1. Chris says:

          Brian:

          Flexible learning at UBC—of which our partnership with Coursera is a part—is the university’s response to opportunities and fundamental changes in the post-secondary marketplace. You can link through to the UBC flexible learning site for details on rationale, initial response to the online course offerings, case studies: 

          http://flexible.learning.ubc.ca/showcase/coursera-founder-and-ubc-professors-discuss-moocs-space

          This update from an instructor offering CS classes as a MOOC and a UBC first-year class gives you an idea of how the partnership is informing teaching at UBC. 

          http://flexible.learning.ubc.ca/digital-learning-blog/blending-on-campus-and-mooc-cohorts/

          For details on our broader academic research streams regarding undergraduate education at UBC, and UBC Science in particular, visit the Carl Wieman Science Education Initiative website:

          http://www.cwsei.ubc.ca

          Finally, our new partnership with edX should enable UBC to continue and expand its investigations into how students learn and how best to use technology to support their learning. Please keep your eye on the FL site for ongoing updates!

  4. Bill says:

    I would like to see more of the Humanities subjects,and from Faculty of Education, that have topics that center on applied research problems, eg counselling issues in the education system.
    Also other subjects such as intro Art History courses

  5. Merle says:

    I am pleased to see that instead of the usual dreary, ineffective lecturing techniques that were the bane of my university years, an effort is being made to engage the learner: short videos of lectures, interactive activities and discussion forums.

    I understand Mr Scrivener’s speaking for the “business case”, but, in my view, anything that moves university teaching away from lecturing and toward learner-engaged activities HAS to be worth pursuing.

    I assume, since the research model has been cited, that the intended learner outcomes will be clear, measurable, and lead to “successive approximations of accuracy”: improved efficiency (good return on investment of time and energy, neither of which are recoverable) and improved effectiveness (learning the right things).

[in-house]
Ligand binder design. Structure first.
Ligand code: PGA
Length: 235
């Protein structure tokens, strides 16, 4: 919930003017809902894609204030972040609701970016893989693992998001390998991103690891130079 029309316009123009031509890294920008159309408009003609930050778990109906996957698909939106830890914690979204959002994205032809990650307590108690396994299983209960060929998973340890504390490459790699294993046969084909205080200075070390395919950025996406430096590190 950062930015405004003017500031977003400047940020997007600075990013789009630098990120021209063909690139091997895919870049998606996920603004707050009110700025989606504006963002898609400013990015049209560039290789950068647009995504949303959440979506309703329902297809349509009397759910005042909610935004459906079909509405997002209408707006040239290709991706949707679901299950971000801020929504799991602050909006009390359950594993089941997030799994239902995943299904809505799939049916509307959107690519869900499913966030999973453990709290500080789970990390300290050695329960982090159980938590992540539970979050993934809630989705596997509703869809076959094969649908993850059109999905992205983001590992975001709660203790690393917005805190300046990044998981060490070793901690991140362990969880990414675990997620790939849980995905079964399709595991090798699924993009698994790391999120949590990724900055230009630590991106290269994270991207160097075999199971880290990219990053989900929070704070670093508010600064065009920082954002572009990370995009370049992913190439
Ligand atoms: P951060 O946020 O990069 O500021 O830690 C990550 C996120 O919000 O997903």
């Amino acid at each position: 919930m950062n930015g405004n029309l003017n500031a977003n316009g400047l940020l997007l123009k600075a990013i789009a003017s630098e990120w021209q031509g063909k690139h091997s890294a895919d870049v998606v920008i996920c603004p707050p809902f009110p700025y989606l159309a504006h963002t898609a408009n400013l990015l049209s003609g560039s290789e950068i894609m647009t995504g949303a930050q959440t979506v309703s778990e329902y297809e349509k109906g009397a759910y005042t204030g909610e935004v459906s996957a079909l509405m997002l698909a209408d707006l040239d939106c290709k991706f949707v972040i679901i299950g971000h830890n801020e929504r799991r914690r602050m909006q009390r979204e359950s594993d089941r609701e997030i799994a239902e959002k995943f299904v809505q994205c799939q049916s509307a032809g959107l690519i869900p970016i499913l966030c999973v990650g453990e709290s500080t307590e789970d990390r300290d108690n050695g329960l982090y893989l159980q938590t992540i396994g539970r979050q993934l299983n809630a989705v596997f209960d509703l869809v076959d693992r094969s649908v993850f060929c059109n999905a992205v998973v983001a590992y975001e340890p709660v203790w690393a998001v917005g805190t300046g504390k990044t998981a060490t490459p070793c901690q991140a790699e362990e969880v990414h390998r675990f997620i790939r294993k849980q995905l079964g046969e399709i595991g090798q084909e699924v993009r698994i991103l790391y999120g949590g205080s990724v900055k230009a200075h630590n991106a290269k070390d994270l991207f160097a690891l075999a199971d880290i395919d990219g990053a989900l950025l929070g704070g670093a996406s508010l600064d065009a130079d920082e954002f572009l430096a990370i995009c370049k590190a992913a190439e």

6. John says:

    The http://www.coursera.org course list (198 offerings) is EXTREAMLY sluggish (as at 7:30 am Sep 30th Sunday). Are you having technical/server/bandwidth problems? Could it be the graphics at the left of the description are overloading the download bandwidth?

    A more compact course list sans graphics would be great.

    Thx!

    1. Elizabeth Powell says:

      Hi John,

      Thanks for your interest! We don’t manage Coursera ourselves, but you can pass on your feedback through their support form here: http://help.coursera.org/customer/portal/emails/new

      UBC’s courses on Coursera are listed here: https://www.coursera.org/ubc

  7. Ben Seghers says:

    I agree with Brian Scrivener’s concerns and hope that UBC fee-paying students will not be impacted by having their profs working (on company time?) on free non-credit courses for the rest of the world. As many universities deliver more and more high-quality courses online, both for credit and non-credit, taxpayers may question the need for the expensive infrastructure of a huge campus like UBC with all the problems of housing and transit. If undergraduate courses can be delivered effectively online then why is the university investing in all those new high-rise dormitories? Perhaps by 2025 UBC will be mainly an institution for graduate students in engineering and the biomedical sciences. Philosophy students will watch their prof’s PowerPoint lectures on a beach somewhere!